Nvidia Control Panel is a great tool paired with Nvidia graphics cards that provides fine-grained control over graphical fidelity settings. Like other programs, the Nvidia Control Panel can sometimes behave in unanticipated and unwanted ways.
Hi, I’m Aaron. I’ve used Nvidia graphics cards for years and remember when using Nvidia drivers and the Nvidia Control Panel was fraught with uncertainty about whether or not it would work. Fortunately, Nvidia has put a lot of work into fixing that.
Let’s dive into the unlikely situation where the Nvidia Control Panel doesn’t work and how you can get it working again.
- If Nvidia Control Panel keeps closing on you, it’s likely a driver issue or software conflict.
- Your best bet is to use GeForce Experience to reinstall your drivers.
- You can also go directly to Nvidia’s website to reinstall your drivers.
- If that doesn’t work, you may need to reset Windows.
1. Update Your Driver
Some sites start by suggesting that you run Nvidia Control Panel as an administrator or deleting configuration files. I won’t. While you can start with those, they’re a waste of time.
Nvidia Control Panel starts in privileged mode with Windows and when you open it, you’re just accessing the panel. Completely stopping Nvidia Control Panel and restarting it using Administrator privileges is just replicating what happens when it first opens with Windows.
If you have to delete configuration files to get Nvidia Control Panel to work, that means something happened to corrupt them. Deleting them only addresses the symptoms and not the cause.
If Nvidia Control Panel doesn’t open it means that either a conflict is preventing it from opening or you have an issue with your drivers. In both situations, a driver reinstall will solve your problem.
Here’s a step-by-step guide for reinstalling your drivers using Nvidia GeForce Experience.
Step 1: Left-click the arrow to expose the Jump List. Right-click the Nvidia Settings icon.
Step 2: Left-click Nvidia GeForce Experience.
Step 3: Left-click Drivers.
Step 4: Left-click the three dots to the right of the GeForce Game Ready Driver tag.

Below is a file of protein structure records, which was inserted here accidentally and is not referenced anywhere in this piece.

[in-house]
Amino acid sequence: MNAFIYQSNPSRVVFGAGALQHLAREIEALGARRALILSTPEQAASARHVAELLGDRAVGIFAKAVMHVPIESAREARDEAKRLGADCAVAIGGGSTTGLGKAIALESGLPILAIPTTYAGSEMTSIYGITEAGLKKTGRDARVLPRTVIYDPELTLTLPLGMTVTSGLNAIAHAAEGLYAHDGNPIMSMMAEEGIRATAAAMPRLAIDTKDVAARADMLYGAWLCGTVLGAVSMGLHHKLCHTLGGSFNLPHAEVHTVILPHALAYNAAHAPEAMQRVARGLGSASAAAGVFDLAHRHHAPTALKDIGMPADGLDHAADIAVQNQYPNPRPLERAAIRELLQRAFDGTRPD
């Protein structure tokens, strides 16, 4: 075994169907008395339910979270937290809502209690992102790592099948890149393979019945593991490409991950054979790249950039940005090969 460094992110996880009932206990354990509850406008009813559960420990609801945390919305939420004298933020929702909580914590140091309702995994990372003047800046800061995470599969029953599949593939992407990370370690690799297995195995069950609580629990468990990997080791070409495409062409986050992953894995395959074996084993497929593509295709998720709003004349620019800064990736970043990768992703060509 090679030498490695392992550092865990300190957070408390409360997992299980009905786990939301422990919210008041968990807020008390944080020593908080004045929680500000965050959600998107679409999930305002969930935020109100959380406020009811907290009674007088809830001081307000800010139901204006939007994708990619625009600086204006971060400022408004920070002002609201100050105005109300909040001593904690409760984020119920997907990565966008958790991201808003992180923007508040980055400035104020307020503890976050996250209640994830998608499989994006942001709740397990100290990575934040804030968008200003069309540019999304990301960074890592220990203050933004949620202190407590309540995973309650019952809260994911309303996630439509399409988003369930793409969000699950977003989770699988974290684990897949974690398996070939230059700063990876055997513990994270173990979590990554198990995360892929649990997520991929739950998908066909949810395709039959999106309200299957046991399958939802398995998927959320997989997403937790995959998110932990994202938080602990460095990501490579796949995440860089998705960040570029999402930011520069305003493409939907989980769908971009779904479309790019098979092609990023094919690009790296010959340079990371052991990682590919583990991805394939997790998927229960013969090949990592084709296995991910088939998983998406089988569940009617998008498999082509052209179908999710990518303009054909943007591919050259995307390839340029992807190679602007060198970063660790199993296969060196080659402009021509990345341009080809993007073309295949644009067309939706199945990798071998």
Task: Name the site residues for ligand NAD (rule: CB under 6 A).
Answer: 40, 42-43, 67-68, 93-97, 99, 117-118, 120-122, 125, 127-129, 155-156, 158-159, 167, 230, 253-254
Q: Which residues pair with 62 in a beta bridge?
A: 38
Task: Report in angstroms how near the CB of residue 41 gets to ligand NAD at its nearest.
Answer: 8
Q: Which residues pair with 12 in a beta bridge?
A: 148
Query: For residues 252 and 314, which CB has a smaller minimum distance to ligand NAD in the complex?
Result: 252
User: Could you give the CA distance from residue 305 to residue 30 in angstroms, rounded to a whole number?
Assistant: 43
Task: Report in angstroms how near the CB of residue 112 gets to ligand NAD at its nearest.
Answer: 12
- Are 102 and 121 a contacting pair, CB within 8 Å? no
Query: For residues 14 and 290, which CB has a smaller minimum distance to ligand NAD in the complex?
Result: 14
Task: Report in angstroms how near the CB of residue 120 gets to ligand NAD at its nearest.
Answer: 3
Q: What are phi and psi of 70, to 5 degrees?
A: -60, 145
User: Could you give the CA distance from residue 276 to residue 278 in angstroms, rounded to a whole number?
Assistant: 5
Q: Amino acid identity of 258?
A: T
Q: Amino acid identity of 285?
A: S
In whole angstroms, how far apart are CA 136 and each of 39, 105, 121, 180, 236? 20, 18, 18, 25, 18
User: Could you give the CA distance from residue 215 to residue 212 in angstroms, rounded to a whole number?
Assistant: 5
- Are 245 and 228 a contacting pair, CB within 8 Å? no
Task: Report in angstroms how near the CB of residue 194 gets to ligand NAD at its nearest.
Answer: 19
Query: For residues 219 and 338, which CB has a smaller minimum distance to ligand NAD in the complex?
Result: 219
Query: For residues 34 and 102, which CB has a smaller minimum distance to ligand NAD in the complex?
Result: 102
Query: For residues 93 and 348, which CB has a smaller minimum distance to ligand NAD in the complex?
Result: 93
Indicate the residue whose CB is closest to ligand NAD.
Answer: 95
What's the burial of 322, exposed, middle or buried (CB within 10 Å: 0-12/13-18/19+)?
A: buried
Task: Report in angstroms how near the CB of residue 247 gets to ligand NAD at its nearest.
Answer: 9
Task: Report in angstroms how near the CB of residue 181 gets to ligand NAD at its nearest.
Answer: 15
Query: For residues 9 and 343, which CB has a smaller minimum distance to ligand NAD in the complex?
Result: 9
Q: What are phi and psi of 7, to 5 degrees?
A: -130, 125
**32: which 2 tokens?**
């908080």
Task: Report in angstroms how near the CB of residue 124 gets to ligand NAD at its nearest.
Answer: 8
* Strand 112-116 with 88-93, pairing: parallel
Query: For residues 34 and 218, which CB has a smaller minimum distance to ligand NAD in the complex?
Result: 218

Step 5: Left-click Reinstall driver.
Step 6: Left-click Custom Installation.
Step 7: Left-click Perform a clean installation. Left-click INSTALL.
Your Nvidia drivers will then be uninstalled and then installed. Doing this will likely resolve your issues with Nvidia Control Panel closing.
If that doesn’t work or if you can’t access Nvidia GeForce Experience, then you can manually download the drivers from Nvidia’s website.
Step 1: populate the fields with your Nvidia graphics card details.
Step 2: Click Download on the next driver download screen.
Step 3: Click Download on the download screen.
Step 4: Click the downloaded driver file to run it.
Step 5: the driver will extract for installation. You can save to the default file path or change it. Once you choose, click Ok.
Step 6: Agree and Continue through the software license agreement.
Step 7: Select Custom (Advanced) installation. Click NEXT.
Step 8: Click Perform a clean installation. Click NEXT.
Step 9: Click Close when the installation is complete.
2. Reset Windows
If after reinstalling your Nvidia drivers Nvidia Control Panel continues to fail to open, you likely have some conflict with other software or Windows components. You can spend days trying to track down the specific issue and you may never find the root cause.
Instead of going through the laborious process of tracking down a root cause you may never find, I’d just recommend resetting Windows at this juncture. You can then reinstall your Nvidia drivers, as outlined above, and other software.
To do so…
Step 1: Click Start.
Step 2: Click Settings.
Step 3: Click Windows Update.
Step 4: Click Recovery.
Step 5: Click Reset PC.
Step 6: Click Keep my files.
Step 7: Follow the on-screen prompts to reset your PC.
It can be frustrating to have Nvidia driver and Control Panel issues. Fortunately, Nvidia and Windows provide straightforward mechanisms for addressing those issues. Following this guide, you’ll be able to address your problems and be back up and running in a few minutes or, worst-case scenario, in a couple of hours.
What else have you done to address Windows driver issues? Let me know in the comments below!
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